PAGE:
HEADQUARTERS, FIGHTER COMMAND(Copy
to No.9 GROUP and INTELLIGENCE OFFICER SPEKE)
OFFICER, No 256 SQUADRON, RAF STATION, SQUIRES GATE.
(A)Sector Serial No
(B)Serial No. of Order detailing Flight or squadron to Patrol
(E)Number of Enemy Aircraft1
(F)Type of Enemy AircraftJunkers 88
(G)Time Attack was delivered0110
(H)Place Attack was deliveredOver St.Helens
(J)Height of Enemy16,000 ft.
(L)Our Casualties - AircraftDestroyed
they illuminate enemy; if
Not, were they in front or behind enemy?)N.A.
(ii)Anti Aircraft guns
(Did shell bursts assist pilot
Intercepting the enemy?)N.A.
(P)Range at which fire was opened in each attack100 yards - two 2 secs.
on the enemy together
with estimated100 yards - one 1˝ secs.
length of burst
At approximately 0110 on
8/5/41 a Junkers 88 was sighted on our port quarter flying on a converging
Weimmediately turned starboard and dived slightly. The E/A was then about 300 ft above us
and 100 yards in front, whilstkeeping
abead on him I was waiting for
the pilot to maneuver to a more favorable position, when the rear gunner
and I was forced to reply. I gave him two 2 second bursts. All of a sudden
the turret was filled with fumes whichcompletely
obliterated all external vision. I opened the clear vision panel fully but
this made no difference whatsoever andI
decided to give one more burst where I thought the E/A ought to be to show
there was still some life left in our aircraft.Almost
immediately afterwards S/Ldr.Gatheral, my pilot, ordered me to bail out. He winked the Red Warning Lightseveral
times, so after him telling me he thought the engine had been hit I turned
the turret on to one side, opened thedoors,
took off my helmet, cocked one leg over the fuselage and sat there for
several seconds trying to look over myshoulder
to locate the tail plane and rudder. This I did and flung myself over the
starboard side and felt a tremendous thudagainst
jaw – I had’nt missed the tail plane after all. Instinctively I pulled
the rip cord as I was hit, and after a fewseconds
came up with a sudden jerk and found myself floating peacefully down
although I had no feeling of goingdownwards.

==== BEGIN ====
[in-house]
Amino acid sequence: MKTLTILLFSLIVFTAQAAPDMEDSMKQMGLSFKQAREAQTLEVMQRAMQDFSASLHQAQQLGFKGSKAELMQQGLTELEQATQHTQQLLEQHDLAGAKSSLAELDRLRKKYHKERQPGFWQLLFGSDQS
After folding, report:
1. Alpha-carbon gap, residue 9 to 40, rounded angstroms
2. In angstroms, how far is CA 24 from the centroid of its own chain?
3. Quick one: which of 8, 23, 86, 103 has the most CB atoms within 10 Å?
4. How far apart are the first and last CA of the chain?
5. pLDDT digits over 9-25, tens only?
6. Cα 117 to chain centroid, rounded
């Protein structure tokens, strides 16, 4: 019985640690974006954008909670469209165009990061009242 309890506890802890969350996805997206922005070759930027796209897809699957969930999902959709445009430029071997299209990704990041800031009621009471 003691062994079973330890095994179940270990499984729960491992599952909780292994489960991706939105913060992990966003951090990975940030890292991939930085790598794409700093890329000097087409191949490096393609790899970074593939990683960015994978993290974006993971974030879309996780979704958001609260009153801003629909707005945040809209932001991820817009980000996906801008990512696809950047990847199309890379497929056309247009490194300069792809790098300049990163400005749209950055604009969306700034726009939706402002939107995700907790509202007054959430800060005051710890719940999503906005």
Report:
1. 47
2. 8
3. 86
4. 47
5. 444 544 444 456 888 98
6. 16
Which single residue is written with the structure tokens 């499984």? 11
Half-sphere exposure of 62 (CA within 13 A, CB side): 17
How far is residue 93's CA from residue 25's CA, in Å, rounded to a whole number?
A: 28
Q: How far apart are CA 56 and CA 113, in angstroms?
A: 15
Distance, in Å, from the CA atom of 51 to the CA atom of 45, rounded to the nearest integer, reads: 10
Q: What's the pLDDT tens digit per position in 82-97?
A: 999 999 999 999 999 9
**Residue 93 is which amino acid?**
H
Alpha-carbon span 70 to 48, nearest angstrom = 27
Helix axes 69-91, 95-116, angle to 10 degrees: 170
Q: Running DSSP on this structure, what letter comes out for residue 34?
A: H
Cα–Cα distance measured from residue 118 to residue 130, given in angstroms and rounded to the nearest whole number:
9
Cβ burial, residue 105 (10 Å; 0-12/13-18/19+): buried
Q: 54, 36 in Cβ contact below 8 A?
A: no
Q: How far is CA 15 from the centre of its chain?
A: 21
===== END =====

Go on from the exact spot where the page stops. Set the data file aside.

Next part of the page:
I was still about 5,000ft. above the cloud and heard many “Jerries”
hovering around me so I decided to spillthe
air out of my ‘chute and come underneath the blanket of clouds. I finally
landed near the village of Cronton, where Iwas
made very comfortable in a farm house. I eventually caught up with my C.O.
in the front room of the local village Police
Station, where we consumed more tea.
learned afterwards from the C.O. that he baled out about 3 minutes after me
as he had some difficulty in opening hishood.
I had baled out
at 16,000 ft. and after I had been out for a minute or two actually saw our
own aircraft burst into flames, and saw, and heard it, come whistling down in a large curve and finally crash about three
miles away. When it crashed itspreadeagled
itself in a large fiery mass.
At approximately 01.10 hours I sighted a Ju.88 at about 300 yards
range and slightly below. We were on a converging courses so I turned to
starboard and lost a little height on the turn to get below. I was gradually
overhauling the enemy and was on his port quarter at about 100 yards range
when he opened fire from the lower gun position. My gunner F/O. Wallen
returned the fire with two short bursts. The enemy tracer appeared to be
passing ahead of our aircraft and our shots were hitting the fuselage behind
the wing root. He hit my glycol header tank and immediately the cockpit was
filled with dense white fumes, also some glycol went into my eyes. I tried
to jettison the hood but wrenched off the knob, so I opened the hood in the
normal manner. The cockpit was still full of fumes and as I was half-blind I
ordered the gunner to bale out.
The engine began
to splutter and lose power, I put the cockpit lights on bit could only see
the instruments by leaning right forward and as I saw the hand of the
altimeter pass 3 I thought it was time to leave the aircraft.
I dived over the
left side and the aircraft seemed to stall as I went. I looked for the
“D” ring and pulled it, when the parachute opened I realised I must have
been at 13,000’ and not 3,000’ when I left the aircraft. I landed in a
cultivated field and walked about a mile till I came to a farm on the
outskirts of the village of CRONTON. I was taken to the police station were
I found F/O. WALLEN having a cup of tea.
I have come to the conclusion that I should have passed under the
enemy aircraft to his starboard quarter before trying to overhaul him as
then I would not have been between him and the moon. As it was I was excited
and did not want to loose sight of him and wanted to engage as close as
Previous to this I had
seen a Ju.88 but it was on the reciprocal course and I could not turn
quickly enough to catch it up.